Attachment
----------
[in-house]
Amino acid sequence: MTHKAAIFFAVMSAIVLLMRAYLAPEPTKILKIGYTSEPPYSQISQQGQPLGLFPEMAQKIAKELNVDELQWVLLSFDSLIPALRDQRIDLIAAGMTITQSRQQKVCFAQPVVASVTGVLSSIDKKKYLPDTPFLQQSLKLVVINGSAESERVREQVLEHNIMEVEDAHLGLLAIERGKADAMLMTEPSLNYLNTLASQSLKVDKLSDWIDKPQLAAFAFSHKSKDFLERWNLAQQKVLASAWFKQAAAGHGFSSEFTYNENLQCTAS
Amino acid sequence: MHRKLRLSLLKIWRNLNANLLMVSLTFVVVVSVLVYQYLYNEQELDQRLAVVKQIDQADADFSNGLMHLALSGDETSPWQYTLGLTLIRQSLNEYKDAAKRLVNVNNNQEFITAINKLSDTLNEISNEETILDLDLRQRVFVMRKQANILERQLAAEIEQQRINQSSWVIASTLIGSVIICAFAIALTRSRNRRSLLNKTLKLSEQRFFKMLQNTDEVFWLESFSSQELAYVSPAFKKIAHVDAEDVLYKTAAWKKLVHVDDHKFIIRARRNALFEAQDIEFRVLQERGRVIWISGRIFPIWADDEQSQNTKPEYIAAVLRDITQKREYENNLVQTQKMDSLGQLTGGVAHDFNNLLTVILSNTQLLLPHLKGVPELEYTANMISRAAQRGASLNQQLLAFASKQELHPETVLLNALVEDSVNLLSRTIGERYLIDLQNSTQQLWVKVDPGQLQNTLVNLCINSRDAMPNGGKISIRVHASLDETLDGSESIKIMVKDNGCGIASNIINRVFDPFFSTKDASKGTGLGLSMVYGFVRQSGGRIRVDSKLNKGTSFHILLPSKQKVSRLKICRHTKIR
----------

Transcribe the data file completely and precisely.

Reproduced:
[in-house]
Amino acid sequence: MTHKAAIFFAVMSAIVLLMRAYLAPEPTKILKIGYTSEPPYSQISQQGQPLGLFPEMAQKIAKELNVDELQWVLLSFDSLIPALRDQRIDLIAAGMTITQSRQQKVCFAQPVVASVTGVLSSIDKKKYLPDTPFLQQSLKLVVINGSAESERVREQVLEHNIMEVEDAHLGLLAIERGKADAMLMTEPSLNYLNTLASQSLKVDKLSDWIDKPQLAAFAFSHKSKDFLERWNLAQQKVLASAWFKQAAAGHGFSSEFTYNENLQCTAS
Amino acid sequence: MHRKLRLSLLKIWRNLNANLLMVSLTFVVVVSVLVYQYLYNEQELDQRLAVVKQIDQADADFSNGLMHLALSGDETSPWQYTLGLTLIRQSLNEYKDAAKRLVNVNNNQEFITAINKLSDTLNEISNEETILDLDLRQRVFVMRKQANILERQLAAEIEQQRINQSSWVIASTLIGSVIICAFAIALTRSRNRRSLLNKTLKLSEQRFFKMLQNTDEVFWLESFSSQELAYVSPAFKKIAHVDAEDVLYKTAAWKKLVHVDDHKFIIRARRNALFEAQDIEFRVLQERGRVIWISGRIFPIWADDEQSQNTKPEYIAAVLRDITQKREYENNLVQTQKMDSLGQLTGGVAHDFNNLLTVILSNTQLLLPHLKGVPELEYTANMISRAAQRGASLNQQLLAFASKQELHPETVLLNALVEDSVNLLSRTIGERYLIDLQNSTQQLWVKVDPGQLQNTLVNLCINSRDAMPNGGKISIRVHASLDETLDGSESIKIMVKDNGCGIASNIINRVFDPFFSTKDASKGTGLGLSMVYGFVRQSGGRIRVDSKLNKGTSFHILLPSKQKVSRLKICRHTKIR